The recognition of the international conventions by the Taliban will widen the ideological divisions in the group, which will threaten its organizational cohesion. They also fear that recognition of the international conventions would open up the public space for democratic participation and the activation of other political groups to compete with the Taliban. The Taliban lacks any experience or skills in managing democratic debates and activism in the public sphere and the group’s recognition of the international conventions will undermine their totalitarian control.


3.  Cross-border links with extremist groups 

The Taliban maintains strong links with extremist groups in the region, particularly in Pakistan. We cannot analyze the Taliban independently of the politics of religious radicalization that have been pursued by the Pakistani army and intelligence since the time of General Zia-ul-Haq. Zia-ul-Haq came to power in 1978 and developed a strategy based on creating and sponsoring fundamentalist Islamic groups against India and Afghanistan. He encouraged Arab countries to support Islamic schools in Pakistan and planted the seed of violent extremism from which the Taliban would emerge in the 1990s. The Taliban is an integral part of those cross-border networks of extremist groups created and sponsored by the Pakistani military establishment. It maintains an organic relationship with other extremist groups, such as Lashkar-e-Taiba and Lashkar-e-Jhangvi in Pakistan, and Al-Qaeda more internationally.

However, now that the Taliban is in charge of the government in Afghanistan, they face the challenge of redefining its relationship with extremist groups in the region.  Should it cut ties with these groups to live up to its promises to the United States in the Doha Agreement, and if so, what will be the impact? If the Taliban cut ties with these groups, would they turn against the Taliban and undermine the group’s government in Afghanistan? These are some questions that the Taliban is facing.

The relationship between the Taliban and other extremist groups is strategic as it is ideological. Besides receiving material support from those groups, the Taliban can use this relationship as a bargaining chip in their relations with the region. If the group maintains its relationship with some of these extremist groups, it will extend its influence beyond the borders of Afghanistan. The group then can use this card in some regional geopolitical games. However, at this moment, it remains to be a risky choice for the Taliban because doing so will keep them in alliance with terrorist groups, which is unacceptable for great powers. The activities of these groups will seriously harm their interests.

A key strategic concern for the Taliban is if the group will cut ties with extremist groups, particularly those based in Pakistan. This will affect their relationship with the Pakistan army, the Taliban’s biggest supporter. Abandoning its ideological allies will hurt the Taliban’slegitimacy and credibility among extremist groups outside Afghanistan and some of its troops. It is possible that violent Deobandi groups would use this to justify and mobilize an insurgency against the Taliban in Afghanistan.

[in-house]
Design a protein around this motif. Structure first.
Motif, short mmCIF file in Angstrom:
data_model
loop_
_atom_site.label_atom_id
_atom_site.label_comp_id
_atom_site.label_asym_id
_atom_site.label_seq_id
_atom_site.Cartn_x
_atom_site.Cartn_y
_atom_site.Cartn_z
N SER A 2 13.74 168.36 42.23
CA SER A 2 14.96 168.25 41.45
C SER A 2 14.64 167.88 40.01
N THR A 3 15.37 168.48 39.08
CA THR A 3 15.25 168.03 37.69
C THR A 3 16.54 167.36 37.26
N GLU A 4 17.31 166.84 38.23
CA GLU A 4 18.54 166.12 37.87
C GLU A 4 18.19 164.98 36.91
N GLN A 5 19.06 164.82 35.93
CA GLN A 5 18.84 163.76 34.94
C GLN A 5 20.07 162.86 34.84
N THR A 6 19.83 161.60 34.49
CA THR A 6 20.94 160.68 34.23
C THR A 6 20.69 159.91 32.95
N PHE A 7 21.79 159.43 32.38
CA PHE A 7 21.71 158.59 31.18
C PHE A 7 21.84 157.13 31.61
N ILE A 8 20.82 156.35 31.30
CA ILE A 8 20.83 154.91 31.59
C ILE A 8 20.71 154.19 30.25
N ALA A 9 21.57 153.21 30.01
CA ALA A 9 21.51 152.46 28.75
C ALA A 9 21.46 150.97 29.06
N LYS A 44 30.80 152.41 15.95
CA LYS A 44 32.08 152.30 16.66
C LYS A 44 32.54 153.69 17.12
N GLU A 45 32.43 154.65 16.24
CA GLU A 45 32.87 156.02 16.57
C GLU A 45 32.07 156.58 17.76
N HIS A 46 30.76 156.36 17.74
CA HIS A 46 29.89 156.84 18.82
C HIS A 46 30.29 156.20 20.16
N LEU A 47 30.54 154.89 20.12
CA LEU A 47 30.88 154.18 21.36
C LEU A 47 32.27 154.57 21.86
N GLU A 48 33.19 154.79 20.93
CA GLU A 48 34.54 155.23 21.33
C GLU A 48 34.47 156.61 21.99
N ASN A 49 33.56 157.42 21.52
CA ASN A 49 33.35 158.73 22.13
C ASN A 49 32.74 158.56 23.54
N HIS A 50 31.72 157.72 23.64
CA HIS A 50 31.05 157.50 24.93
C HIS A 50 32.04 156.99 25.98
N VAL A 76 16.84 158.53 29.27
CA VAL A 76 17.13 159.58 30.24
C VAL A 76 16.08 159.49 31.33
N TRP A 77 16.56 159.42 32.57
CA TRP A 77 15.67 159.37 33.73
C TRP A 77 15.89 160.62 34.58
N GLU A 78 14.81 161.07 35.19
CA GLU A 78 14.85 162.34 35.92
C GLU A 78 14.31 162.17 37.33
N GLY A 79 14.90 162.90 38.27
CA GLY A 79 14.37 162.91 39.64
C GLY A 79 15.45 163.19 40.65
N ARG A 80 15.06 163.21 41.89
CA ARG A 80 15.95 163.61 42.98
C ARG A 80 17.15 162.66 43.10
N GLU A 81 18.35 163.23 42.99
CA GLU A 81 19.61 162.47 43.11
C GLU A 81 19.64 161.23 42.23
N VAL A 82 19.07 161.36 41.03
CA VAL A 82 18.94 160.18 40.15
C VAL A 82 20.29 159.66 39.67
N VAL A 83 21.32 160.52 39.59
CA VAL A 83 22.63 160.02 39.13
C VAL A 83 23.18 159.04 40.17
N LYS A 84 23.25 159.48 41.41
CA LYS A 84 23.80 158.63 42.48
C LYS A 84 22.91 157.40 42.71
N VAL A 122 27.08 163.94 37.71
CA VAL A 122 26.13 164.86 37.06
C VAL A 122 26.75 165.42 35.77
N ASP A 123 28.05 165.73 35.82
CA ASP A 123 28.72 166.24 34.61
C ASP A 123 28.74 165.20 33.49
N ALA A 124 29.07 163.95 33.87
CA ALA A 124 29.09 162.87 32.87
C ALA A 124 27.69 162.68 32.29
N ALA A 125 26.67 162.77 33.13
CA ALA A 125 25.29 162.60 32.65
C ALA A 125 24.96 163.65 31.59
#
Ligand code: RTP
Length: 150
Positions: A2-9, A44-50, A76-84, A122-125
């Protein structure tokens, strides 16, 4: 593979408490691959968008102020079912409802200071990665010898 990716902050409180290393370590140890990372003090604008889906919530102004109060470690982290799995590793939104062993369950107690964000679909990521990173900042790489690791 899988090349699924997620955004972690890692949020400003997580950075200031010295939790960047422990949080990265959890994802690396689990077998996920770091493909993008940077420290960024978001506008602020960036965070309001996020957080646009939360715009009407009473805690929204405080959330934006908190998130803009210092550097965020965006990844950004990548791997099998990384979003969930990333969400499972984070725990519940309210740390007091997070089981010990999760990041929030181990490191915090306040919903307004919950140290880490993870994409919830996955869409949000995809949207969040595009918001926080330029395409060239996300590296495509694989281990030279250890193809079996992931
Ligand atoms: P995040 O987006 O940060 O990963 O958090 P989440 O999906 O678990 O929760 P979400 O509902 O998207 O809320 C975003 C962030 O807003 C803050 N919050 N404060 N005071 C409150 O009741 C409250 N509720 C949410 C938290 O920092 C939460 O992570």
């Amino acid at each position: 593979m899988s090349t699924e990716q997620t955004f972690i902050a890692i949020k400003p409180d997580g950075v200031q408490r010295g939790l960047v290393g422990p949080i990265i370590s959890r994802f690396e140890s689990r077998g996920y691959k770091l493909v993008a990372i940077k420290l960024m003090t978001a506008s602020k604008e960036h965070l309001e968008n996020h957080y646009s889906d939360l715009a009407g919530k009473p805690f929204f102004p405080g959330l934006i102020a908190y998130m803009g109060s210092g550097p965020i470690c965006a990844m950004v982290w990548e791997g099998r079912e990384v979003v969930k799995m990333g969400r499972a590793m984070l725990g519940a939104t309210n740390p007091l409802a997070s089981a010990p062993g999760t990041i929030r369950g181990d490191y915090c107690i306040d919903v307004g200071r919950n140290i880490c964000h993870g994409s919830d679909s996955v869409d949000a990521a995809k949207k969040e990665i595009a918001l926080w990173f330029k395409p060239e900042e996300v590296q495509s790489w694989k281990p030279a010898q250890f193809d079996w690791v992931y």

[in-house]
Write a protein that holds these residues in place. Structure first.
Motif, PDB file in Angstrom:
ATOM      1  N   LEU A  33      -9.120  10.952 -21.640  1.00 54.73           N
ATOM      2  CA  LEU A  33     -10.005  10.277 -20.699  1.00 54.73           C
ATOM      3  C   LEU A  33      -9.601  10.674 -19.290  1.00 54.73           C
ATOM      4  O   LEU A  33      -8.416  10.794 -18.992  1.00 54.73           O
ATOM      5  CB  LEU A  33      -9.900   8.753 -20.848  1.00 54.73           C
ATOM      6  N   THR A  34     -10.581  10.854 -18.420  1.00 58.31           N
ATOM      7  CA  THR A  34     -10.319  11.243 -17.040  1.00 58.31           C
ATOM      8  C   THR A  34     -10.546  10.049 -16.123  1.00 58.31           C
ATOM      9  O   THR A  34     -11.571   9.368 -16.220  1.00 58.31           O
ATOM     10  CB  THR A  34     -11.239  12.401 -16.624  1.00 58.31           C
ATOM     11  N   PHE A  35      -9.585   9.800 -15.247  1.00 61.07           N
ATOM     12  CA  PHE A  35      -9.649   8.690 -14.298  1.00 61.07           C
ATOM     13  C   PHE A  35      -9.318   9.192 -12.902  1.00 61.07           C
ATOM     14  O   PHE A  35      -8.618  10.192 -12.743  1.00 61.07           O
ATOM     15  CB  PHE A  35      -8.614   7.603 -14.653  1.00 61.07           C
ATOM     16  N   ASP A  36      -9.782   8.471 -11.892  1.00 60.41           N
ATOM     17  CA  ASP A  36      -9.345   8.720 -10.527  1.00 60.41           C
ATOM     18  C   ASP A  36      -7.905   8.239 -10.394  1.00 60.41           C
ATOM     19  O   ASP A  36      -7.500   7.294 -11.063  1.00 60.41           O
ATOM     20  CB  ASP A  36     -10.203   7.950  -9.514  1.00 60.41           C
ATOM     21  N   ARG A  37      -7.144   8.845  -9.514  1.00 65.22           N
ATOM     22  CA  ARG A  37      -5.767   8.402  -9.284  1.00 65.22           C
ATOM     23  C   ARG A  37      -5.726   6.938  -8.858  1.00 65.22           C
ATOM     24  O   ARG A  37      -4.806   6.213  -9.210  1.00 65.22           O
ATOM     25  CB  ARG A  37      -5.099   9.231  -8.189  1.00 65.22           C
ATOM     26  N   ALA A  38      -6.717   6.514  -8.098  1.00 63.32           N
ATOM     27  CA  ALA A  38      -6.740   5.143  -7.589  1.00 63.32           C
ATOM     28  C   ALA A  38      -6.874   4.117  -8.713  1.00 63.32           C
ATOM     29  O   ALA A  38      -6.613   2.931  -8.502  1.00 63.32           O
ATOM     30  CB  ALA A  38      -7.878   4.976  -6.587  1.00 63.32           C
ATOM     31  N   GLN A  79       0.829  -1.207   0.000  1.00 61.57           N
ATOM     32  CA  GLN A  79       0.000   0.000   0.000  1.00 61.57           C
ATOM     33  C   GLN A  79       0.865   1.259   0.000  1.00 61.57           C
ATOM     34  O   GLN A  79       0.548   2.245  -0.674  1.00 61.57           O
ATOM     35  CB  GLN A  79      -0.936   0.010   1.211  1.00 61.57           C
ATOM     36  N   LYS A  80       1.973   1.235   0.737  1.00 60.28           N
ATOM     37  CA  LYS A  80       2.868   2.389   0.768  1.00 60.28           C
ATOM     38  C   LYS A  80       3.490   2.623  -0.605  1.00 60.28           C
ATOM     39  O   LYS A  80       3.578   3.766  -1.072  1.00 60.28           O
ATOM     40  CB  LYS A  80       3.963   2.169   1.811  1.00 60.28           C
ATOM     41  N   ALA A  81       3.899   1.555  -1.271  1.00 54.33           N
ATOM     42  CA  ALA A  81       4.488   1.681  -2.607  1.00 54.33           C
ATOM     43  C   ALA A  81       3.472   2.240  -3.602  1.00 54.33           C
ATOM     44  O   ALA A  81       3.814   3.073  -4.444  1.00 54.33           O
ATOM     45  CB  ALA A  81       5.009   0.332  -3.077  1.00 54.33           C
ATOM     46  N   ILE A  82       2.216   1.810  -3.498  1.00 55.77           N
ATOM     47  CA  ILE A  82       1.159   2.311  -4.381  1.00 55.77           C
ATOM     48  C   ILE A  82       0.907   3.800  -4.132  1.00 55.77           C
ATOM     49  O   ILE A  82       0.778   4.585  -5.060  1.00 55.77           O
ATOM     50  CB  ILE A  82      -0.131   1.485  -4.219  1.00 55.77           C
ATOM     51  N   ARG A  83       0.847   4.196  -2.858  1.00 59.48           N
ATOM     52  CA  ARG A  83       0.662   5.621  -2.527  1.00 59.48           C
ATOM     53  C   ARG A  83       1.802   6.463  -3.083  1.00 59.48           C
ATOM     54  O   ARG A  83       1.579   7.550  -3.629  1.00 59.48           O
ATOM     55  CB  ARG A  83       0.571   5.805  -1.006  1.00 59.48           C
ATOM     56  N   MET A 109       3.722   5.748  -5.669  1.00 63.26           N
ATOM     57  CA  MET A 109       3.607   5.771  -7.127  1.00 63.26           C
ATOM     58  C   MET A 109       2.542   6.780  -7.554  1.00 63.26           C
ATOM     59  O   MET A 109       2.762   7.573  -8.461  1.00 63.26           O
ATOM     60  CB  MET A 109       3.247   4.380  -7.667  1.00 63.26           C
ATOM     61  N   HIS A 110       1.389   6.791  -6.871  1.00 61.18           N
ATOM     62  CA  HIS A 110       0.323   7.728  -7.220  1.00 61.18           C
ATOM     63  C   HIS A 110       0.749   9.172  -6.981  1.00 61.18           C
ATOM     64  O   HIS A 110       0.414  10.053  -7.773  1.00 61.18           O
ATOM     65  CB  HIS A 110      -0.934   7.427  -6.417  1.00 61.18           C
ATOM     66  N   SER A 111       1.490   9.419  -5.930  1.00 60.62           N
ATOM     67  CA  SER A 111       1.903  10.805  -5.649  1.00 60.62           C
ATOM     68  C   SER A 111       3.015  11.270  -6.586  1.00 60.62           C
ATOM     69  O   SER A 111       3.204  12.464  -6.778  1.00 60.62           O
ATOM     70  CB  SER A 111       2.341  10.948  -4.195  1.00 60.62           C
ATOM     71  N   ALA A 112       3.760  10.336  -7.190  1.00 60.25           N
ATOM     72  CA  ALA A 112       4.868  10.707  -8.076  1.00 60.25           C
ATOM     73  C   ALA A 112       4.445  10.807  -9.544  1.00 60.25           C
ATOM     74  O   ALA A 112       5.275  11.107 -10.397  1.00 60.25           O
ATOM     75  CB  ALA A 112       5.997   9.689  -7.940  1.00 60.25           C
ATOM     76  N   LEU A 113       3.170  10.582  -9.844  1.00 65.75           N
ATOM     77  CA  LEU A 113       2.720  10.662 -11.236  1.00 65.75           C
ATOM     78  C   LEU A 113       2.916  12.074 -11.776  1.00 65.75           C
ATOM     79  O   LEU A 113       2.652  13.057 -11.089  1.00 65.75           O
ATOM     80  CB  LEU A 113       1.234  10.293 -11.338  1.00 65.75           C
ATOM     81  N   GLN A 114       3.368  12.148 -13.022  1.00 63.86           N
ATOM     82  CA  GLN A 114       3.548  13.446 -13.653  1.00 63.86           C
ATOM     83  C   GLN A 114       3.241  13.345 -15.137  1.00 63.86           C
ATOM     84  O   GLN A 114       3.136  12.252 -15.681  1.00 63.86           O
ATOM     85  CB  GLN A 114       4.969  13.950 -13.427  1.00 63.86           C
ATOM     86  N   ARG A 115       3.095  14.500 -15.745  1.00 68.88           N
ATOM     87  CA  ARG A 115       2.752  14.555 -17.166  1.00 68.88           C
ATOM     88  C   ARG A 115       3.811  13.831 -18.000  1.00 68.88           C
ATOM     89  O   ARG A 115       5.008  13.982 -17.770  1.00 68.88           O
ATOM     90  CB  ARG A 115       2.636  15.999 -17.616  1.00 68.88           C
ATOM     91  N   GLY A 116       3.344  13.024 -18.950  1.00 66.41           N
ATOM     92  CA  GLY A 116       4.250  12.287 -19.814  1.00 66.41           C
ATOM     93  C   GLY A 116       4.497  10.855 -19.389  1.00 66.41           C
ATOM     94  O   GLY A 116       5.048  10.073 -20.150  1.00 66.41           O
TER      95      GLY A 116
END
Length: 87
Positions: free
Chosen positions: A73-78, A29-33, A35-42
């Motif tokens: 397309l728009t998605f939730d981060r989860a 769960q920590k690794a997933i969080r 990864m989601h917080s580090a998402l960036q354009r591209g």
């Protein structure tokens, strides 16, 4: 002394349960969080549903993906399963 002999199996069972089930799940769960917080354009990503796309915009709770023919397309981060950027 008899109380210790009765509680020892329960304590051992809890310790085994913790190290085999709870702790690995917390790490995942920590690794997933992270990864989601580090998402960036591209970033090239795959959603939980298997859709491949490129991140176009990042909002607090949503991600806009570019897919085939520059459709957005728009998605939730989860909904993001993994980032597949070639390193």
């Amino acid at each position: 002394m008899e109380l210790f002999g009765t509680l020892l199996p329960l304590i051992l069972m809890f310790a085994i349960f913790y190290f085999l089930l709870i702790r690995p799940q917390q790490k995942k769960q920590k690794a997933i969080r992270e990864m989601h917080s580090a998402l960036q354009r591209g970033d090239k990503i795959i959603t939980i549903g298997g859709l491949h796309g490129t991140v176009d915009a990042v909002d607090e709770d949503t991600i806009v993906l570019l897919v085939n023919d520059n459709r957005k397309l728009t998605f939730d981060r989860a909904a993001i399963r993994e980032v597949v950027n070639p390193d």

4.  National interests and the interests of the Ummah

The concept of ‘Ummah’ means community, and Islamic Ummah includes all Muslims worldwide, but there are different views about belonging to the Ummah and its duties. While many Muslims believe it is a moral concept that connects all human beings together without specific legal obligations, the fundamentalist Muslims, such as the Taliban, AQ, and ISIL, believe that the concept is more specific and exceptional, entailing moral responsibilities equal to any other religious obligations in Islam. They consider any negligence on the duties toward the Ummah as a sinful act. Given the centrality of the concept of Ummah for extremist groups such as the Taliban, balancing between national interests and the interests of the Ummah – the global Muslim community – constitutes a major governance challenge for the Taliban.

As a government, the Taliban will need to act based on the national interest of Afghanistan. Still, as a Muslim fundamentalist group, they will have to prioritize the interest of the Ummah, which sometimes can be in conflict. A prominent example here is the signing of the Camp David peace agreement, which extremist Muslim groups perceived as a betrayal of Islam and Islamic instructions. The signing of the Camp David peace agreement cost the Egyptian President Anwar al Sadat’s life at the hands of the extremist groups. Like any other Islamicideological group, the Taliban have also committed to protect and act based on the interests of the Muslim Ummah. During their years of militancy, they used the endangerment of the interests of the Islamic Ummah as a pretext for their militancy and ‘Jihad’ against the Afghan government.